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Tuesday, June 07, 2011, 5:17 PM

COA Finds Foreign Defendants' Contacts Insufficient to Establish Personal Jurisdiction

Today the Court of Appeals found that the following contacts were not sufficient to warrant the exercise of personal jurisdiction over a foreign corporation: the corporation's agent had an unrelated business meeting in NC, that agent participated in unrelated North Carolina litigation, and the corporation signed a settlement agreement in with unrelated NC parties that subjected it to continuing obligations to those parties. The case is Evonik Energy Services GMBH v. Ebinger.

Marik Blohm formerly worked for defendant ENVICA Kat GmbH, where he signed an employment agreement with that defendant that he “shall maintain the strictest secrecy about all operational and business matters and processes . . . which become known to him in his work and its surrounding circumstances both during the employment relationship and after its termination.” The contract was signed in Germany and was governed by German law. Blohm left the company, and later transferred ownership of some European Patent applications on which he is listed as a co-inventor to Evonik, a German corporation whose wholly-owned subsidiary Evonik Energy Services is a North Carolina company. ENVICA Kat notified Blohm that the patents contained information that came from his former employment, and that he had violated his employment agreement. Evonik sought a declaratory judgment that it was the lawful owner of the patent applications. Plaintiff appealed the trial court's ruling that it lacked personal jurisdiction over defendants.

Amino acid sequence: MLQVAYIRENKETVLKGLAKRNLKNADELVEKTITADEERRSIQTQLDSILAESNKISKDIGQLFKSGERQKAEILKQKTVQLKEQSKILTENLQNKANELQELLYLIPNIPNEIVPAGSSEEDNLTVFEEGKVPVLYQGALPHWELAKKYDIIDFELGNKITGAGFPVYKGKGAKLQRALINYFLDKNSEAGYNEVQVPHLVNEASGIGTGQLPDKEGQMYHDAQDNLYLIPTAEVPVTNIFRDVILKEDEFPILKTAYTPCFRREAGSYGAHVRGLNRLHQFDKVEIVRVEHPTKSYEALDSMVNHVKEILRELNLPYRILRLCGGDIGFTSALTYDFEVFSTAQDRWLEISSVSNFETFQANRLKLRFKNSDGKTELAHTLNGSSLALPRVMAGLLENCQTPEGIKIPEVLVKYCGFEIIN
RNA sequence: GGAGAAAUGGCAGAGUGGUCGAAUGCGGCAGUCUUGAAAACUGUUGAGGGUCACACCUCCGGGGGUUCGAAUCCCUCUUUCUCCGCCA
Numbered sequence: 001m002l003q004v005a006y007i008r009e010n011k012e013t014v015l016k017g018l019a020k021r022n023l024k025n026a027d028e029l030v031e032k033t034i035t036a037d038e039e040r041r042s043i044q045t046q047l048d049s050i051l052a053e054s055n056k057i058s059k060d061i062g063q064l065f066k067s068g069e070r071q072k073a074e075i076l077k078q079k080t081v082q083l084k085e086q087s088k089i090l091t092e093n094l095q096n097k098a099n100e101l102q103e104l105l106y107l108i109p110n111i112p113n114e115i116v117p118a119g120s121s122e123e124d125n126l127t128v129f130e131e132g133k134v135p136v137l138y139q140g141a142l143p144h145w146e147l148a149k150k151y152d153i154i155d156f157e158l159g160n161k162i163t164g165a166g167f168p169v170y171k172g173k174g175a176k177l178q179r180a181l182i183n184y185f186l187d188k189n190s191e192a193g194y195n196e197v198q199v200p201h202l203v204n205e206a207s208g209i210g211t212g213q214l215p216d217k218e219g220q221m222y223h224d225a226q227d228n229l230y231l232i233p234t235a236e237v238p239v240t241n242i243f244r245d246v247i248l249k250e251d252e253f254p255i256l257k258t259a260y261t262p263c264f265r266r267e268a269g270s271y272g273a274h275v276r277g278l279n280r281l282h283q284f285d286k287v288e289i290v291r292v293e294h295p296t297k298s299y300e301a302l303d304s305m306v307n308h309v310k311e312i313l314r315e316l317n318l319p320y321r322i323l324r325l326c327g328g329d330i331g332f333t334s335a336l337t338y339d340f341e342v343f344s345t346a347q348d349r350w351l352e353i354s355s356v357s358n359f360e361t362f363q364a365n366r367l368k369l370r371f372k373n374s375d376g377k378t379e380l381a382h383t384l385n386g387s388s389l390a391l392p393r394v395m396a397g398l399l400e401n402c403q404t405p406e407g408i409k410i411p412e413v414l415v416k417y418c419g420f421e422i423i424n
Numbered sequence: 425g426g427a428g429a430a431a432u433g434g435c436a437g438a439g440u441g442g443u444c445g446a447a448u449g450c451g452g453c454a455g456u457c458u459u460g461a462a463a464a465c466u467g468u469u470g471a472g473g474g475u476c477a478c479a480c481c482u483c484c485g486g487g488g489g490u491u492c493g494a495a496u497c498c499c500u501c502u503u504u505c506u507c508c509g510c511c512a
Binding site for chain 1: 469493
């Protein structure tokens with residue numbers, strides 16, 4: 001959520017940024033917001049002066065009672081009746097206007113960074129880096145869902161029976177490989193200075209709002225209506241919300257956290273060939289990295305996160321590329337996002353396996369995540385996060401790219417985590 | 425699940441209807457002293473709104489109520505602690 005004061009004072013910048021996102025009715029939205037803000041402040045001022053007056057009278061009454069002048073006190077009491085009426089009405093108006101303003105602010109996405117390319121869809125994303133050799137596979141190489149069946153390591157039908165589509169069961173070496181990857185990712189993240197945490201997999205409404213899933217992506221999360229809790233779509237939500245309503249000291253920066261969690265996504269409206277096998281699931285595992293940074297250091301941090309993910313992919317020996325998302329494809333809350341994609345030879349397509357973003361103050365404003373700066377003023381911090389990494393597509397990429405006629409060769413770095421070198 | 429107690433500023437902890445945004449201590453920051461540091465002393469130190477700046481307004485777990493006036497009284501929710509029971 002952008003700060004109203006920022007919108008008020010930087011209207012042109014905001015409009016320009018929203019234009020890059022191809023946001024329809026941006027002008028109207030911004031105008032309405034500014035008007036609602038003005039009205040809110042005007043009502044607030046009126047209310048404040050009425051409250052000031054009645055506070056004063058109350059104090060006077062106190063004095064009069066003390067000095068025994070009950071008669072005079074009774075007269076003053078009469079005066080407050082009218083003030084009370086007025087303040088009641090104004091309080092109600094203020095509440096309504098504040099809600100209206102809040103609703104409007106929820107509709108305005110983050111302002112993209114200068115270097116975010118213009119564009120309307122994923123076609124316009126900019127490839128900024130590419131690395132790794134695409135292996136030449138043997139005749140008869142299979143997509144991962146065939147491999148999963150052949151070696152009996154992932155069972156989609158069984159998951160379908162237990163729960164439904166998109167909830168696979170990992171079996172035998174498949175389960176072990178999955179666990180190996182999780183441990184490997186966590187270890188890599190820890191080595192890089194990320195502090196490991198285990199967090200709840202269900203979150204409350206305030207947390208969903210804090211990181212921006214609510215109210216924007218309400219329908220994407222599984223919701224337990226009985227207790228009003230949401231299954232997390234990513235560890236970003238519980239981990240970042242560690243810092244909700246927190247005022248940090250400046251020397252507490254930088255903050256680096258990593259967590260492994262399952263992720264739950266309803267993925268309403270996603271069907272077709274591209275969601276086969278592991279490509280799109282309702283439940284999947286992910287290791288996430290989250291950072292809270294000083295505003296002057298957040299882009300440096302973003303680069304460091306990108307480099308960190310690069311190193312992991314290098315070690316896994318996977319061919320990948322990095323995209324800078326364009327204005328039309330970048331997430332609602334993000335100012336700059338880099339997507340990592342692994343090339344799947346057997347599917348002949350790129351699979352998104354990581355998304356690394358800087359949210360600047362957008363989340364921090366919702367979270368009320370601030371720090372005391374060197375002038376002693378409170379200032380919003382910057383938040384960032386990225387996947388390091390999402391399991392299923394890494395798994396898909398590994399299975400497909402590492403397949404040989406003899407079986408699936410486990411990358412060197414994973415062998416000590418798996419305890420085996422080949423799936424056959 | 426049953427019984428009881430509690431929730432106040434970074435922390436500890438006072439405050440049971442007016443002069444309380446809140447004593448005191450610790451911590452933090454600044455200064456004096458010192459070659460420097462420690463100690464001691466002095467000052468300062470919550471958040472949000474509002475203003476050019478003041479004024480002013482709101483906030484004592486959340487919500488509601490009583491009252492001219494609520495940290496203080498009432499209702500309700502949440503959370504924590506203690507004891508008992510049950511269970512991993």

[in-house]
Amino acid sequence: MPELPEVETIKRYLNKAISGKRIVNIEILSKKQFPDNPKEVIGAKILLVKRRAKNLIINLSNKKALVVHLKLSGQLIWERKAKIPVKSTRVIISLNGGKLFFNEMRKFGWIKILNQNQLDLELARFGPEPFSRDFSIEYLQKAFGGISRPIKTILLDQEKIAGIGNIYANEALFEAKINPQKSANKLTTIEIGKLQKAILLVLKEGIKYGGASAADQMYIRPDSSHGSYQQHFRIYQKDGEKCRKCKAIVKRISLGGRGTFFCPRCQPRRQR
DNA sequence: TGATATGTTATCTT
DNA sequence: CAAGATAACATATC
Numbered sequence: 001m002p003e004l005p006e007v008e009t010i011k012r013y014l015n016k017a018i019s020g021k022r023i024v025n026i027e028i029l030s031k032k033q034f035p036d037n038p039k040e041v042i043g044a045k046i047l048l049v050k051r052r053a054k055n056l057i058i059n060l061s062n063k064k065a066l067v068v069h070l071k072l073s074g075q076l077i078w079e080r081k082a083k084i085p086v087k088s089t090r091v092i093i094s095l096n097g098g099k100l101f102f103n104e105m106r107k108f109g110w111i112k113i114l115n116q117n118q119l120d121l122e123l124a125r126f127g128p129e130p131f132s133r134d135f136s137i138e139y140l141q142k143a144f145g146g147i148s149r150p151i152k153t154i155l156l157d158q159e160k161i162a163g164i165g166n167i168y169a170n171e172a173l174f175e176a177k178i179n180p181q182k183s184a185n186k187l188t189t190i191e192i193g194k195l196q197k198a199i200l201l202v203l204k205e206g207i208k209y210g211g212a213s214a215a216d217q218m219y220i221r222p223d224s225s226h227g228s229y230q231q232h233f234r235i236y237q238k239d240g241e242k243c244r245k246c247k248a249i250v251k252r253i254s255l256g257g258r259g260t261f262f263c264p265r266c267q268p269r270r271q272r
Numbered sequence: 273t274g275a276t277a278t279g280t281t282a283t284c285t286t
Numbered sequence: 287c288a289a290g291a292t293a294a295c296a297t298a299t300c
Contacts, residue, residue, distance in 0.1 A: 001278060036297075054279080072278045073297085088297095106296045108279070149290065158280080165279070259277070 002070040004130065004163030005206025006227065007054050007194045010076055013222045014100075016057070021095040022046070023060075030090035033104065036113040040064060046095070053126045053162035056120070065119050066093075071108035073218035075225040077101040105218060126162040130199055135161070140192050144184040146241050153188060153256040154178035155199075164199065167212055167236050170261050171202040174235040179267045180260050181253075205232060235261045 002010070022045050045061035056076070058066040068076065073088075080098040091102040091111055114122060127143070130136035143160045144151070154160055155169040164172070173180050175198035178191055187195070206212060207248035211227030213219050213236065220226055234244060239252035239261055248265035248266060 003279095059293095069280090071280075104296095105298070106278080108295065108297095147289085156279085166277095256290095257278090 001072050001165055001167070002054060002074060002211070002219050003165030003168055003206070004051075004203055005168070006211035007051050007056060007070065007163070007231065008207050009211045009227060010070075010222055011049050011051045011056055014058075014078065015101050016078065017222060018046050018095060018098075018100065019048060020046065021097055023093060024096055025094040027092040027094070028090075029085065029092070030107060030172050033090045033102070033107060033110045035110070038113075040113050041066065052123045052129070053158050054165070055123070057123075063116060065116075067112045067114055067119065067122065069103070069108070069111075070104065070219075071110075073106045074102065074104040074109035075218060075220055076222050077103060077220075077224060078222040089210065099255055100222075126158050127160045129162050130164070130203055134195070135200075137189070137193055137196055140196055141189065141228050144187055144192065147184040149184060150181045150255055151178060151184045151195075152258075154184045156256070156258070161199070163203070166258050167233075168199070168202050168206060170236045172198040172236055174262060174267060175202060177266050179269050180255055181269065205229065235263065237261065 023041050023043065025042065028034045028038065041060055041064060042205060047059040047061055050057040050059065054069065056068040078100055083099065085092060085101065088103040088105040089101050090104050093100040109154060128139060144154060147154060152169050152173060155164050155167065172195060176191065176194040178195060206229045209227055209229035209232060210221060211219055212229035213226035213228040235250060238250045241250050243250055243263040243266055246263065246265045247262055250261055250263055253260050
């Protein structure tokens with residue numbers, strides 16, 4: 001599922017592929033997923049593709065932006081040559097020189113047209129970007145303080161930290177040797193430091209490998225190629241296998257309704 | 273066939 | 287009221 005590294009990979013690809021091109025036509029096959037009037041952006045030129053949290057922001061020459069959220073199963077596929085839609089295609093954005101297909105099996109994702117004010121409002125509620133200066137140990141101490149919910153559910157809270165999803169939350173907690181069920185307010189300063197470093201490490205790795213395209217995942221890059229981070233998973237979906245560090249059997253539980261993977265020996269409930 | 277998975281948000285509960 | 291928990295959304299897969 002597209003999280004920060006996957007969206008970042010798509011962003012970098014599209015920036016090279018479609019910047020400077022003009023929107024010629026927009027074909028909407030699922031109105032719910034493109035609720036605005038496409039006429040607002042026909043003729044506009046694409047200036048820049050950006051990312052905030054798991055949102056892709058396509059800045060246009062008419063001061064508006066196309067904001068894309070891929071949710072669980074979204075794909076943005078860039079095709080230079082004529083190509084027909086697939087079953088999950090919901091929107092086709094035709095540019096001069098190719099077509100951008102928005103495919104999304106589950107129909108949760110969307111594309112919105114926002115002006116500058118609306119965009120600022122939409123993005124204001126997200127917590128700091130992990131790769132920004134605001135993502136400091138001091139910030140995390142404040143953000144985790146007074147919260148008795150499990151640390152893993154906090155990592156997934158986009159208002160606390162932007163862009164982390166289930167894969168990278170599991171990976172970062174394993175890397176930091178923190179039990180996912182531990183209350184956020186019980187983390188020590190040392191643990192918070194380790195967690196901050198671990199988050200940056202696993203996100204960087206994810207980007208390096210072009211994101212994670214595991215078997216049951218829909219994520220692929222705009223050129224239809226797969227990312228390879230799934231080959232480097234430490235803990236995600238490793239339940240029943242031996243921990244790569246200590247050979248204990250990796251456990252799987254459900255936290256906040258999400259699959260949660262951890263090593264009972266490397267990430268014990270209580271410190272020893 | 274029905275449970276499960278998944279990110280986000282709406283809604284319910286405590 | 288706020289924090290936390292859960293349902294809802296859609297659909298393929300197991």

The COA affirmed, holding that Defendants' contacts with North Carolina were not sufficient to establish personal jurisdiction. Defendant Frank Ebinger's participation as a third-party witness in unrelated North Carolina litigation, Ebinger's 2008 meeting in North Carolina related to that litigation, two letters from ENVICA Kat GmbH to Blohm, and Defendants' obligations under a settlement agreement in an unrelated matter were "sporadic rather than continuous" contacts, none of which shows Defendants "purposefully availing themselves of the privilege of conducting activities within the state" or "invoking the benefits and protections of its laws." The COA further concluded Defendants’ contacts were not the source of the present lawsuit - the source of Evonik’s lawsuit was the employment contract. Finally, the Court held that North Carolina has no interest in a case that involves a breach of contract under German law and matters of European and United States Patent law.

COA Opinions

Today the COA handed down 25 published opinions, 19 of them civil. Look for more on these shortly.
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